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Frequently asked questions:
- What is asphalt?
â¢Â Asphalt is a dark brown or black viscous material that can be naturally occurring or generated as residue from the distillation of petroleum crude oil. Asphalt is largely inert, recyclable, and is often a material of choice for use in potable water or regional streams and waterway applications.Â Â As the most recycled material in North America, asphalt is an excellent material for sustainable roofing, building and roadway applications.
â¢ Although asphalt is mainly used for paving roads, the versatility of asphalt is what makes it such a widely used material.Â Among others, it can be found in the following sectors:
- Transportation (e.g. roads, railway beds or airport runways, taxiways, etc.)
- Construction (roofing, shingles, below grade waterproofing and coatings)
- Potable Water (Municipal water pipe coatings, reservoir and pond linings)
- Recreational (playgrounds, bicycle paths, running tracks, tennis courts)
- Agriculture (barn floors, greenhouse floors)
- Industrial (Landfill lining, erosion and pollution control)
- What does it mean if you can smell odors coming from an asphalt plant?
â¢Â Asphalt at ambient temperature has little to no odor, however because asphalt is solid at room temperature, processing and handling must be done at elevated temperatures which cause the asphalt to emit its characteristic petroleum odor.Â This is why one can detect the odor of asphalt during road paving, but not after the finished roadway has cooled and has been opened for use.Â Odors generally diminish with increasing distance; however this can be dependent upon the individualâs sensitivity to smell, atmospheric temperatures, and the strength and direction of the prevailing winds.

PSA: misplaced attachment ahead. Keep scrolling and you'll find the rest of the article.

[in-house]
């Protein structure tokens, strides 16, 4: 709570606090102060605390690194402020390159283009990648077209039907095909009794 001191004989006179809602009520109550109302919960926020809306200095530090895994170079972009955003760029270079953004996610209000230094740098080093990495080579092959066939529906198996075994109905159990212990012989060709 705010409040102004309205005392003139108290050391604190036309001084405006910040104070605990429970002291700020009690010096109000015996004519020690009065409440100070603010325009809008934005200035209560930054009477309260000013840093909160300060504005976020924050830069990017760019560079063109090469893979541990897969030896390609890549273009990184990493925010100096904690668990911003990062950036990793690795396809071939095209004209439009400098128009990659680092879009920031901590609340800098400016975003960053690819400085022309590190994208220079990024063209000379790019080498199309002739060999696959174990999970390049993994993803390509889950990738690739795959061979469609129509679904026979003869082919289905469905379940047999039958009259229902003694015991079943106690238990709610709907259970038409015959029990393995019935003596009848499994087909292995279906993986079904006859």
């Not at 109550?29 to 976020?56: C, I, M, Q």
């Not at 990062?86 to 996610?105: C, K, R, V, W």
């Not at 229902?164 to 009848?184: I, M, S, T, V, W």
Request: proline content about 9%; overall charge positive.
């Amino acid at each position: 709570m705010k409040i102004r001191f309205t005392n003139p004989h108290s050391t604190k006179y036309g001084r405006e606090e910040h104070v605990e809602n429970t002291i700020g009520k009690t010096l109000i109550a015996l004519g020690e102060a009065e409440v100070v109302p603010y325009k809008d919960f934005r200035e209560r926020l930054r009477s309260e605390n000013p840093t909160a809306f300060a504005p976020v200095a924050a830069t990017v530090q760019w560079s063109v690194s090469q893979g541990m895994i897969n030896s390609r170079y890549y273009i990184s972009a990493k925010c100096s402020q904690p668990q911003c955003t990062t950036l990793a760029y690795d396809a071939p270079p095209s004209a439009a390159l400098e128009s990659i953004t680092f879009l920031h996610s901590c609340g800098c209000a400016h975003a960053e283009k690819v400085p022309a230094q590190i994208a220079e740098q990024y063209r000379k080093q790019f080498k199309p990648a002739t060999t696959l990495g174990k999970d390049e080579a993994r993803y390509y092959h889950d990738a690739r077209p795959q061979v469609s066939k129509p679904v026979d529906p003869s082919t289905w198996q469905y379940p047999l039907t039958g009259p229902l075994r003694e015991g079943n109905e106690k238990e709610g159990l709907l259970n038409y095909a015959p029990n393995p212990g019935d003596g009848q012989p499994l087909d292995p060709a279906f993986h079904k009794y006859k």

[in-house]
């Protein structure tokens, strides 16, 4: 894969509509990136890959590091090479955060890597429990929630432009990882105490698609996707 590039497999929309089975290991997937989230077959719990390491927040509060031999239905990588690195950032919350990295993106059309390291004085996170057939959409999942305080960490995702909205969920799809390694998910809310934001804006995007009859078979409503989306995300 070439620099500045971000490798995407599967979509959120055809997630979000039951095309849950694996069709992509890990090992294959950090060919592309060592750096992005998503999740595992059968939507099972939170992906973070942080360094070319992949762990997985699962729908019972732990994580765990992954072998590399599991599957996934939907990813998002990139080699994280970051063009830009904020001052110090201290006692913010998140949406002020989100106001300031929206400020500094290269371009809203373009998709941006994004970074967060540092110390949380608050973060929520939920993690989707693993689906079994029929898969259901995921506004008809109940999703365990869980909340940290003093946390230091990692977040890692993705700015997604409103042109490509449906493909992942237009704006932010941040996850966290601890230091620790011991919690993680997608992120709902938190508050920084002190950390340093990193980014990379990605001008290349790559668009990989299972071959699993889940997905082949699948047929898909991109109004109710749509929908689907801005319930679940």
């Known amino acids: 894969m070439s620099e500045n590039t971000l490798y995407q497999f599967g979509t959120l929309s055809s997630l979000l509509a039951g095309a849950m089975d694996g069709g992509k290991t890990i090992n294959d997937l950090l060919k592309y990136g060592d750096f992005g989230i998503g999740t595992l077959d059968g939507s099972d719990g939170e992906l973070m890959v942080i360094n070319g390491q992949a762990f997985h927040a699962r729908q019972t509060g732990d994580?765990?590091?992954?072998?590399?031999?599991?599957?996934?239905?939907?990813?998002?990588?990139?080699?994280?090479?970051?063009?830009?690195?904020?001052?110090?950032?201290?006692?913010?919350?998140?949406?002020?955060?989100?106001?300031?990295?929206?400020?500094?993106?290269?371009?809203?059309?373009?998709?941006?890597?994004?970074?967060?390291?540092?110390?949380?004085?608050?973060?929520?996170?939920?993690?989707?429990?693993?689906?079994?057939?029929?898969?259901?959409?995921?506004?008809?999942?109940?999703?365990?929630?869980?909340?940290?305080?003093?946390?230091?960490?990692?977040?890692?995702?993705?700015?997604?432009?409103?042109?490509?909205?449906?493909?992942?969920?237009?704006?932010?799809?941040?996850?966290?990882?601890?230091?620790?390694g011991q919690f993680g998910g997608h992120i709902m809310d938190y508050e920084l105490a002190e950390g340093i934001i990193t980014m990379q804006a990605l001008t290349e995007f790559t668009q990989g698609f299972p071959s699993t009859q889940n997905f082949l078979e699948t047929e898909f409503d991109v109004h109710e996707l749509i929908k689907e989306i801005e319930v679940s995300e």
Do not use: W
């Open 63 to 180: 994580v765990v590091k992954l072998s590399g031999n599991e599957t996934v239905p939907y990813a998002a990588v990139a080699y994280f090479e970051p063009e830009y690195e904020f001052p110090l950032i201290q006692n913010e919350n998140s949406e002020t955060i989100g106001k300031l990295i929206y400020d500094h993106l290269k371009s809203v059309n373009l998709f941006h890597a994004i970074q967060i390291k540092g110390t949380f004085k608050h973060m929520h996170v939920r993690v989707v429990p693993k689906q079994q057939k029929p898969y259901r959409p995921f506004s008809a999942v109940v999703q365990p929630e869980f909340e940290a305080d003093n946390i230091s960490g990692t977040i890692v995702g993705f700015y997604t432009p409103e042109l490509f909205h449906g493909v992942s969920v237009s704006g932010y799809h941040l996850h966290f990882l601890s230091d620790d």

- Does living near an asphalt plant pose an increased health risk?
â¢Â An asphalt plant must meet strict emission criteria to receive an operating permit from the Alabama Department of Environmental Management.Â Asphalt plants, in general, do not present an elevated health risk to the surrounding community.
â¢Â If the permit criteria are met, emissions would not be expected to pose a public health hazard.Â Asphalt plant emissions may lead to odors in the community, but the potential for adverse health effects is expected to be very low, if any.Â Exposure investigations have been conducted in a number of communities throughout the country where asphalt plants have been operating.Â These studies have measured various pollutants in ambient (outdoor) air and found the concentrations to be below levels that would represent a public health hazard to residents of those communities.
- What components of asphalt cause the characteristic odor?
â¢Â The components of asphalt vary depending on the source of crude oil, the type of asphalt being made, and the process used.Â Many of the these components also are emitted by other combustion sources such as cars and trucks, fireplaces and wood stoves, wildfires, and industries; all of which are often found in outdoor air at low levels.
ADEM General NPDES Permit # ALG020057
ADEM SID Permit # IU396300096
Results of latest semi-annually compliance reports conducted by TTL:
âThere were no deviations from the permit observed during the weekly inspections conducted during the reporting period of January, 2014 through June 30, 2014.â
âThere were no instances of deviations from permit regulatory requirements during the reporting period of October 2013 through April 2014.â